BJP MP Varun Gandhi on Sunday hit out at Congress vice-president Rahul Gandhi saying his remark calling the ordinance on shielding convicted MLAs and MPs as “nonsense” was an insult to the nation and Prime Minister Manmohan Singh. The BJP leader, who was in Kolkata to meet party leaders ahead of the 2014 Lok Sabha elections, was quoted by party leaders as saying: “The act of the Congress vice president insulted the Prime Minister when he was in a meeting overseas and thus shamed the nation as well.”
BJP state president Rahul Sinha while briefing about the party’s closed-door meeting demanded immediate resignation of the Prime Minister and his government as well as resignation of Congress president Sonia Gandhi from her post.
“I personally feel that if the ordinance is actually “nonsense” then both the Prime Minister Manmohan Singh and UPA chairperson Sonia Gandhi should step down, and if it is not, then Rahul Gandhi should be expelled from the party for speaking against the party,” said Sinha.
Varun, who was recently made the BJP observer for Bengal, meanwhile, asked party workers to reach all levels of the society and ensure that a large number of people from UP and Bihar who stay in Kolkata and its adjoining areas are inducted into the party.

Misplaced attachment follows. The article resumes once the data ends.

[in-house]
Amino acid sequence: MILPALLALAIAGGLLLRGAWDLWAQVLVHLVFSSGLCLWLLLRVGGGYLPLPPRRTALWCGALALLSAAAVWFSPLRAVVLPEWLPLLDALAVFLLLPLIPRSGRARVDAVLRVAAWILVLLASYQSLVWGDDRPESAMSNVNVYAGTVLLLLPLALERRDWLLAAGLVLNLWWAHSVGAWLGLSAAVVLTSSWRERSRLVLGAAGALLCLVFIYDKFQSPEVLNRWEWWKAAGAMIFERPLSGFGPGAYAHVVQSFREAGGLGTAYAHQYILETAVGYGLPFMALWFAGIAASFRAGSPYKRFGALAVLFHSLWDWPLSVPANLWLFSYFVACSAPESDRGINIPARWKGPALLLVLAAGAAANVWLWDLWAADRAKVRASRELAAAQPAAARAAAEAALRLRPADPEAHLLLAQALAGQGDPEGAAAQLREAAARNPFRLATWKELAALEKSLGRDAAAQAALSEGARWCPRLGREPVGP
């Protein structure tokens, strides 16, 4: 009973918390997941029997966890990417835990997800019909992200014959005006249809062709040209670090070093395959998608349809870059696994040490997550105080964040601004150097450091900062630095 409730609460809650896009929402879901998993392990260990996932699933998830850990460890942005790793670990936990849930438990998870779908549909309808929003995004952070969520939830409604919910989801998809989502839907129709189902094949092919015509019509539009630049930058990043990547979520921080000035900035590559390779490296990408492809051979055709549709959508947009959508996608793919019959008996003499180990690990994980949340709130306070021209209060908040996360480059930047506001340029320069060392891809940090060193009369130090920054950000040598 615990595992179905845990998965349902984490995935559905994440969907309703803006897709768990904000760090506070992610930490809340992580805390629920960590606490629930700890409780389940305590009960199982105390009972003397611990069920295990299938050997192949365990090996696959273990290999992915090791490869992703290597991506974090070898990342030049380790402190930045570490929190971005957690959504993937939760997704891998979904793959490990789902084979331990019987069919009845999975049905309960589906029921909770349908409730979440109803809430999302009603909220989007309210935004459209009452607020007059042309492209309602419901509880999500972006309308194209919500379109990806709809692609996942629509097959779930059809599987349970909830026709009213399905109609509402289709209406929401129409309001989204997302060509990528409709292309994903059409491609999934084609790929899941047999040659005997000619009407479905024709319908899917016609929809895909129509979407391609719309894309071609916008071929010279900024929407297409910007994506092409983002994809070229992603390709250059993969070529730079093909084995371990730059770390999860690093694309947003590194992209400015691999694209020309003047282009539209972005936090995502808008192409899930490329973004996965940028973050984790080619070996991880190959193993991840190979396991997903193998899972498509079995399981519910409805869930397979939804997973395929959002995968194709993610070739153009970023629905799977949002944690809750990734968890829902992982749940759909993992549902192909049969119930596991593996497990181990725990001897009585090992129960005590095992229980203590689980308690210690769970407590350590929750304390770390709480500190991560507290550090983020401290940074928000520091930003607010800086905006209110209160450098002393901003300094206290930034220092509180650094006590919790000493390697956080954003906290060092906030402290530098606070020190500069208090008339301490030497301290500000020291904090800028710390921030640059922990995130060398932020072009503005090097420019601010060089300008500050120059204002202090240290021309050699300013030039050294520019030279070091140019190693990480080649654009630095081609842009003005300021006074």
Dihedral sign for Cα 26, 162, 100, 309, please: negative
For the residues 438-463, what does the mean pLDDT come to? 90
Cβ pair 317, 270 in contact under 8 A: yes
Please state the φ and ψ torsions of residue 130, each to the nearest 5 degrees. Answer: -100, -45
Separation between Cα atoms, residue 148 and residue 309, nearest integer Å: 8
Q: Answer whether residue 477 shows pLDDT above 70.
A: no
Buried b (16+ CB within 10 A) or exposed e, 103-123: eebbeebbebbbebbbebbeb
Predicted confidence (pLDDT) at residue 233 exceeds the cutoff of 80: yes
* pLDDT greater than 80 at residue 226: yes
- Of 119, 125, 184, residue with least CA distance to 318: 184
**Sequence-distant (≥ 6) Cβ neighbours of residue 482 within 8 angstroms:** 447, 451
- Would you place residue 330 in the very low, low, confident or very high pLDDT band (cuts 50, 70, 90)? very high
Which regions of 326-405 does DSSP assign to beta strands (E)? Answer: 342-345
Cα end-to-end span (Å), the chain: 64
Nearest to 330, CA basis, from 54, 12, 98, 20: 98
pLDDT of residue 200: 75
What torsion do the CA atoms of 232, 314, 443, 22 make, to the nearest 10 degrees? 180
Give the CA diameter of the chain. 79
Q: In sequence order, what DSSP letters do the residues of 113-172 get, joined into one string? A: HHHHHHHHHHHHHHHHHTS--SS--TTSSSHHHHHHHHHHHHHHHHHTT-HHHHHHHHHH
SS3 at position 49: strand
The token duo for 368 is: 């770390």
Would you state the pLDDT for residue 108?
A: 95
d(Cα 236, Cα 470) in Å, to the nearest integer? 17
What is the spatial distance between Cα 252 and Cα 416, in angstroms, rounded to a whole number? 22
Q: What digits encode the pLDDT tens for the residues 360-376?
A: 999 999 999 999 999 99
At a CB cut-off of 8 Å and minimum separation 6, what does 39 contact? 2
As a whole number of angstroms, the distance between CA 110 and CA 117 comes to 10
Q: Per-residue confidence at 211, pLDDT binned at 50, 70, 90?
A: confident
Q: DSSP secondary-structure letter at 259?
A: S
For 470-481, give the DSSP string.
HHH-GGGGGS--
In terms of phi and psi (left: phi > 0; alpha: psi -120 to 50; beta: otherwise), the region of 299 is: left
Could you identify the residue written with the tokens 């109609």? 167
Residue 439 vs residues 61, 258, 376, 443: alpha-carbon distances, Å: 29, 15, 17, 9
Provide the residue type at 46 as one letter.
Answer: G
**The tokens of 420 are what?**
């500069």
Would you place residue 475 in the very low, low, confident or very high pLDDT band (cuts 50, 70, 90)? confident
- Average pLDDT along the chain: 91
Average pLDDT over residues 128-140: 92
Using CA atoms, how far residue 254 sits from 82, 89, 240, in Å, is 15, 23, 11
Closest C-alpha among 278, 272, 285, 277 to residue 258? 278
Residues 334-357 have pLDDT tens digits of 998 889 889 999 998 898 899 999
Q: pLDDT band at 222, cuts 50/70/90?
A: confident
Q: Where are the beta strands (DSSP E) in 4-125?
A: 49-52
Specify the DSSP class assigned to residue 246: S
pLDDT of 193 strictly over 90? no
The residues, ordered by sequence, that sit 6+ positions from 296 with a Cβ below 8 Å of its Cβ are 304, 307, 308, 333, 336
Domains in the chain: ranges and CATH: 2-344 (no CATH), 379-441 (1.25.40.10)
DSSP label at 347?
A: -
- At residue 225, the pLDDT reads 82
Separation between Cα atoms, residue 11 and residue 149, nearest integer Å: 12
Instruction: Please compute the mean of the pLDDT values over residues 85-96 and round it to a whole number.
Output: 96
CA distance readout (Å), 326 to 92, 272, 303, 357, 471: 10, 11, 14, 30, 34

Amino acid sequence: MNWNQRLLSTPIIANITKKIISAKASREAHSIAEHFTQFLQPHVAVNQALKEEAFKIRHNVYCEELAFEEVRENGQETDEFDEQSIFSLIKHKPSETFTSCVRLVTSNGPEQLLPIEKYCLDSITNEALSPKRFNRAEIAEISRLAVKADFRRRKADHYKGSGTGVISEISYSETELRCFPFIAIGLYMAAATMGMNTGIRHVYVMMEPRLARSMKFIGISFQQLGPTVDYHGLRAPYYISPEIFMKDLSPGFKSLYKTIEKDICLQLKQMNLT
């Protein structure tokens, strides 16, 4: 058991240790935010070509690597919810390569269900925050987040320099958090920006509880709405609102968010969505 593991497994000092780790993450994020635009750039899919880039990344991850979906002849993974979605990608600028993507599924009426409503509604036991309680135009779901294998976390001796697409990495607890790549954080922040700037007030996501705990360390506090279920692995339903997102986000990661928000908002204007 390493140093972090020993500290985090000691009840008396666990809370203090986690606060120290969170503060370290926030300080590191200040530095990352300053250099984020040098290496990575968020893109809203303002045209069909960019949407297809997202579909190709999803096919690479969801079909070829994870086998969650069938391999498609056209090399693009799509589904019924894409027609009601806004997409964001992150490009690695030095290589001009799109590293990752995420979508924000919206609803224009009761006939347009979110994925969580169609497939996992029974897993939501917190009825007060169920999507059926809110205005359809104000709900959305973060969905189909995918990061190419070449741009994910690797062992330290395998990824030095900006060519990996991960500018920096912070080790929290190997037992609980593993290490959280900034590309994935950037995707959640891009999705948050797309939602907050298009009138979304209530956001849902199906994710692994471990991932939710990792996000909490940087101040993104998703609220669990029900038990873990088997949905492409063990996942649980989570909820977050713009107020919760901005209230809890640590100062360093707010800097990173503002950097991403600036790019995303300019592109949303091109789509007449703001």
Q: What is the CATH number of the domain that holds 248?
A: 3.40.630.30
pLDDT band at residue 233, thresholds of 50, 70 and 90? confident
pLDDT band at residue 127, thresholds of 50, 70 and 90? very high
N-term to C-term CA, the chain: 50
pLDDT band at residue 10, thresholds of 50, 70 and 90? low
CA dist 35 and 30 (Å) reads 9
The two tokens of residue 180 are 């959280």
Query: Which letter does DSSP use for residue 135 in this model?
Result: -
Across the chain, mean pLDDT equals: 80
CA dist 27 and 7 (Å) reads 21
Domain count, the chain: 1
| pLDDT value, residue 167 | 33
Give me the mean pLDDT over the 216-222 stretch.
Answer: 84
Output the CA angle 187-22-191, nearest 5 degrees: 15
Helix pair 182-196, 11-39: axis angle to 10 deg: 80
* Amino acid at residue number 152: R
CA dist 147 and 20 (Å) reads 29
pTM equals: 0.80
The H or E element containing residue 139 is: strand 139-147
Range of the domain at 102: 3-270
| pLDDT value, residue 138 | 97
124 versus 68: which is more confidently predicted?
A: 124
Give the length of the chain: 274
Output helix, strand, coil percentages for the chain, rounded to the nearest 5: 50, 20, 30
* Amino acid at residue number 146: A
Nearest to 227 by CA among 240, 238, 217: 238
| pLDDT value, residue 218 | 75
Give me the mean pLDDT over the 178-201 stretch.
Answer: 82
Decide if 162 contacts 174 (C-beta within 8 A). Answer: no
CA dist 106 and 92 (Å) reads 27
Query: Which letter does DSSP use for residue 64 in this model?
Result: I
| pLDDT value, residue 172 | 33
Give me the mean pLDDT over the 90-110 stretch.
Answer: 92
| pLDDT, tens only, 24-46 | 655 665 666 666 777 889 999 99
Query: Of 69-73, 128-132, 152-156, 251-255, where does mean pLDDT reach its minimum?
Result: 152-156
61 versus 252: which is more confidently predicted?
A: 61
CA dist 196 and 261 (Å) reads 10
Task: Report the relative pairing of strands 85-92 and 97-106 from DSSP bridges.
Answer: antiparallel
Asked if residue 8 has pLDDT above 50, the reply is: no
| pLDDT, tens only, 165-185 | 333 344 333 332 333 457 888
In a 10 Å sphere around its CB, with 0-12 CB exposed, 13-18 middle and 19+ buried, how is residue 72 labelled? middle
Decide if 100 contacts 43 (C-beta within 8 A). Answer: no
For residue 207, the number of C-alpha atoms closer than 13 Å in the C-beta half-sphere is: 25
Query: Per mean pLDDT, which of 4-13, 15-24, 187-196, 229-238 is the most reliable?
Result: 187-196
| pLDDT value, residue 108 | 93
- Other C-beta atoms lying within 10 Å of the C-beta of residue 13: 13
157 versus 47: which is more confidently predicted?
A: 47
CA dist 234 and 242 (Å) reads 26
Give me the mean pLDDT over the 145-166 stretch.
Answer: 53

“He said people want change and that the last change only brought depression,” said party leader and actor George Baker referring to the victory of the Trinamool Congress in the state. “Varun slammed both the governments at the Centre and the state. He said the UPA government was full of corruption and the Trinamool government has failed miserably to live up to the expectations of the people,” added Baker.
Both Sinha and Baker said the party has been able to get rid of the “misconception” about the BJP being against the Muslims as many people from the community have joined the party.
“The misunderstandings among the Muslims about BJP have been cleared...The CPM and the Trinamool had Muslims killing Muslims and Hindus killing Hindus. People are not fools. They have realised how their religious sentiments have been